Place salmon filet skin side down on a large piece of plastic wrap, twice or three times the length of the filet.

In a medium bowl, mix together the lime zest, kosher salt, brown sugar and dill.  Sniff the container after all is mixed.  For pleasure.

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Spread the mixture all over every inch of the salmon’s flesh.

Fold the filet in half, skin side out, and wrap tightly in plastic wrap.  Once wrapped, wrap again with more plastic wrap.  wrap wrap wrap wrap. (what a weird word)

Place the wrapped filet in a container and place another, heavier container on top of it to keep an even weight compression.  Put it all together into the fridge and forget about it for 3-4 days.

After it has cured, the filet wrapper will be oily.  Unwrap the filet and pat dry with a paper towel if excessively oily.

With a very sharp knife, at an angle, carefully carve off thin slices, leaving the skin intact.

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You’ll end up with a much larger pile of salmon than $9 will buy you in any specialty shop.

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Sliced gravlax will keep in the fridge for up to a week.

Food is not only for eating: Avocado, egg yolk and honey mask

This mask is super moisturizing. Avocados contain tons of minerals plus vitamins B and E, and honey helps reduce inflammation. After wearing the mask for a few minutes, the avocado oils begin to melt into your skin, making it feel supple.

Mix together 1 mashed avocado, 1 egg yolk and 1 teaspoon of honey.

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Spread over your face and neck and leave for 15-20 minutes, and then rinse off with warm water.

I <3 Frijoles

In my parents home there has never been an absence of beans.  Ever.  My mom would make a batch of pinto beans every few days and we would eat them as a side dish, in burritos or my favorite – by themselves with a little queso fresco sprinkled on top accompanied by a warm corn tortilla to soak up the rich broth.  Yumz.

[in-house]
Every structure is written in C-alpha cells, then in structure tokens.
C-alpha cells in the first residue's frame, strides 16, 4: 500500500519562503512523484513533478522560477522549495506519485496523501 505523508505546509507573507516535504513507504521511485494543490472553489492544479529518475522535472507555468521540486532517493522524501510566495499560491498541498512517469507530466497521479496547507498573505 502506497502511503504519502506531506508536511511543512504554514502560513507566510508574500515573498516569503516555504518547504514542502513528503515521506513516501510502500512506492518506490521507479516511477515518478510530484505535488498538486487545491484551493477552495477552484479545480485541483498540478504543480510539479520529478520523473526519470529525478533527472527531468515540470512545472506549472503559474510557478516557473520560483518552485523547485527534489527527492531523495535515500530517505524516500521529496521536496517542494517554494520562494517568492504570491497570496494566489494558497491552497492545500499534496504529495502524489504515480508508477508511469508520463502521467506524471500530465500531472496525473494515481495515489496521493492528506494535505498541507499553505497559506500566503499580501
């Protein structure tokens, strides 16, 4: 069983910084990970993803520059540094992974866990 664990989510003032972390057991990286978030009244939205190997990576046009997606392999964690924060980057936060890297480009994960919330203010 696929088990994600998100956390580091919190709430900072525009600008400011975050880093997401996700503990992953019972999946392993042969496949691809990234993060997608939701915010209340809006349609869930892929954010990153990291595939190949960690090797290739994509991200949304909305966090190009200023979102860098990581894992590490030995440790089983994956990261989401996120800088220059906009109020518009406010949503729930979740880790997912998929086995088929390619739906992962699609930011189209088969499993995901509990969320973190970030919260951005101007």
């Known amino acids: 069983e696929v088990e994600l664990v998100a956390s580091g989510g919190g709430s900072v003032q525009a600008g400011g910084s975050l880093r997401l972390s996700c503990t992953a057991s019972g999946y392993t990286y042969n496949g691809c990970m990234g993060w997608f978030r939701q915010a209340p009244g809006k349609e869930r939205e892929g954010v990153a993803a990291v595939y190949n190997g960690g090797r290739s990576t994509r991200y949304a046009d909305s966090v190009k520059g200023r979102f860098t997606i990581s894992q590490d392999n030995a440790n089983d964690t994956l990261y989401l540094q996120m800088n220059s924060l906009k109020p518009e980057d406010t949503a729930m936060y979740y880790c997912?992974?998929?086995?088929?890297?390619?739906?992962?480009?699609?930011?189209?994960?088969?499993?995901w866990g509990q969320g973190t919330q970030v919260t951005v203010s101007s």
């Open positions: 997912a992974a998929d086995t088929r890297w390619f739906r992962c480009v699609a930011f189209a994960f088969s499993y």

Dried Bean Guide 

1/3 cup dry beans = 1 cup cooked beans
1/2 cup dry beans = 1 1/2 cups cooked beans
2/3 cup dry beans = 2 cup cooked beans
1 cup dry beans = 3 cups cooked beans
2 cups (1 pound) dry beans = 6 cups cooked beans

Beans typically can be found in bags at the grocery store or sometimes in bulk bins.  They must be sorted very carefully because they are a natural product that came from a plant, therefore will sometimes have debris such as little stones, that can be camoflaged against the sea of beans.  Sort out any beans that are discolored, wrinkled, or broken, in addition to debris.  Rinse the sorted beans.

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Good beans on the left, bad beans on the right

Place the beans in a heavy pot or Dutch oven.  In order to reduce their “magical” abilities, soak them in cool water, about 2 inches above the top of the beans, for 6-8 hours.  Strain out the soaking liquid and replace with fresh water, about 4 inches above the top of the beans.  Bring to a boil over med-high heat, then cover and reduce to med-low heat and allow to cook for about 2 hours.  Check on them once in a while to be sure they still have ample water.  If they are beginning to dry out, add more water. 

You can tell the beans are done by squishing a few between two fingers.  They should be completely soft. 

Now that the beans are done, they are ready to season.  I like to add salt, a teaspoon at a time, mixing each addition in and tasting before adding more.  Then I add one chopped onion and one sliced jalapeno for a nice spicy kick.  Allow the beans to simmer until the onion and jalapeno are soft and enjoy!